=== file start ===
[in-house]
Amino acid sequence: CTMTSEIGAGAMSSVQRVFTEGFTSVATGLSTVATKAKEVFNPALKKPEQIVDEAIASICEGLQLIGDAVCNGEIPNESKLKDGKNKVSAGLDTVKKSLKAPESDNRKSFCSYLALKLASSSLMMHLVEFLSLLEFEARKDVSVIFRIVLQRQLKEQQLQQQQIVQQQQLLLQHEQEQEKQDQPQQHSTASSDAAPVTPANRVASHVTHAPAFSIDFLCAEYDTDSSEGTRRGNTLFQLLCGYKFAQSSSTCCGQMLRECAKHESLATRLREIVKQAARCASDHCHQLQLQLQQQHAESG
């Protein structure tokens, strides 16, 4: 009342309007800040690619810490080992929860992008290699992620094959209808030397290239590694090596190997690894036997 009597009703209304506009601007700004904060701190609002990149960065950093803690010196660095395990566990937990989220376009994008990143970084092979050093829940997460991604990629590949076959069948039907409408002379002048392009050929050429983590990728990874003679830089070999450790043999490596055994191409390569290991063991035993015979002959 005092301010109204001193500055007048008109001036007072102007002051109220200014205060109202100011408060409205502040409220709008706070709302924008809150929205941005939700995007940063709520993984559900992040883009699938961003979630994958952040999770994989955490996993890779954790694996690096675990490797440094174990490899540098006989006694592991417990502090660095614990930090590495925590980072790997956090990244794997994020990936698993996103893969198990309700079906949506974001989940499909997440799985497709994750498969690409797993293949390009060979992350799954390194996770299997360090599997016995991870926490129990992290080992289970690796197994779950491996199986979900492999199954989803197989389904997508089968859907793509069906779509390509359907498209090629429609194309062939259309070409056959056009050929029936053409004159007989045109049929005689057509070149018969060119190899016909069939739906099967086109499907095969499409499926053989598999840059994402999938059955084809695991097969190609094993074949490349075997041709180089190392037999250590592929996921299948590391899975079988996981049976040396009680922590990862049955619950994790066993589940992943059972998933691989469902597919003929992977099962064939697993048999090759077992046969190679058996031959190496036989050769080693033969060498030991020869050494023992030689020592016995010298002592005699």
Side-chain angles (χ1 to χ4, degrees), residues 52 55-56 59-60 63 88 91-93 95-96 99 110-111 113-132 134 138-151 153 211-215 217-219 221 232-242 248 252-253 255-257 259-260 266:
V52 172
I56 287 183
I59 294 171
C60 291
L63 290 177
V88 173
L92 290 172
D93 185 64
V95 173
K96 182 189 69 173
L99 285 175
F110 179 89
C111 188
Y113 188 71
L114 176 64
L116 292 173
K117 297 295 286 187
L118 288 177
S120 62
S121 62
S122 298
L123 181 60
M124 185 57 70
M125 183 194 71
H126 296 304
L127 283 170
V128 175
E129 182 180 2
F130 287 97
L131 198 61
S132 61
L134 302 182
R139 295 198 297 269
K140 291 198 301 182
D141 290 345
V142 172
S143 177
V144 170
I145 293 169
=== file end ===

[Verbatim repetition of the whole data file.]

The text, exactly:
[in-house]
Amino acid sequence: CTMTSEIGAGAMSSVQRVFTEGFTSVATGLSTVATKAKEVFNPALKKPEQIVDEAIASICEGLQLIGDAVCNGEIPNESKLKDGKNKVSAGLDTVKKSLKAPESDNRKSFCSYLALKLASSSLMMHLVEFLSLLEFEARKDVSVIFRIVLQRQLKEQQLQQQQIVQQQQLLLQHEQEQEKQDQPQQHSTASSDAAPVTPANRVASHVTHAPAFSIDFLCAEYDTDSSEGTRRGNTLFQLLCGYKFAQSSSTCCGQMLRECAKHESLATRLREIVKQAARCASDHCHQLQLQLQQQHAESG
């Protein structure tokens, strides 16, 4: 009342309007800040690619810490080992929860992008290699992620094959209808030397290239590694090596190997690894036997 009597009703209304506009601007700004904060701190609002990149960065950093803690010196660095395990566990937990989220376009994008990143970084092979050093829940997460991604990629590949076959069948039907409408002379002048392009050929050429983590990728990874003679830089070999450790043999490596055994191409390569290991063991035993015979002959 005092301010109204001193500055007048008109001036007072102007002051109220200014205060109202100011408060409205502040409220709008706070709302924008809150929205941005939700995007940063709520993984559900992040883009699938961003979630994958952040999770994989955490996993890779954790694996690096675990490797440094174990490899540098006989006694592991417990502090660095614990930090590495925590980072790997956090990244794997994020990936698993996103893969198990309700079906949506974001989940499909997440799985497709994750498969690409797993293949390009060979992350799954390194996770299997360090599997016995991870926490129990992290080992289970690796197994779950491996199986979900492999199954989803197989389904997508089968859907793509069906779509390509359907498209090629429609194309062939259309070409056959056009050929029936053409004159007989045109049929005689057509070149018969060119190899016909069939739906099967086109499907095969499409499926053989598999840059994402999938059955084809695991097969190609094993074949490349075997041709180089190392037999250590592929996921299948590391899975079988996981049976040396009680922590990862049955619950994790066993589940992943059972998933691989469902597919003929992977099962064939697993048999090759077992046969190679058996031959190496036989050769080693033969060498030991020869050494023992030689020592016995010298002592005699």
Side-chain angles (χ1 to χ4, degrees), residues 52 55-56 59-60 63 88 91-93 95-96 99 110-111 113-132 134 138-151 153 211-215 217-219 221 232-242 248 252-253 255-257 259-260 266:
V52 172
I56 287 183
I59 294 171
C60 291
L63 290 177
V88 173
L92 290 172
D93 185 64
V95 173
K96 182 189 69 173
L99 285 175
F110 179 89
C111 188
Y113 188 71
L114 176 64
L116 292 173
K117 297 295 286 187
L118 288 177
S120 62
S121 62
S122 298
L123 181 60
M124 185 57 70
M125 183 194 71
H126 296 304
L127 283 170
V128 175
E129 182 180 2
F130 287 97
L131 198 61
S132 61
L134 302 182
R139 295 198 297 269
K140 291 198 301 182
D141 290 345
V142 172
S143 177
V144 170
I145 293 169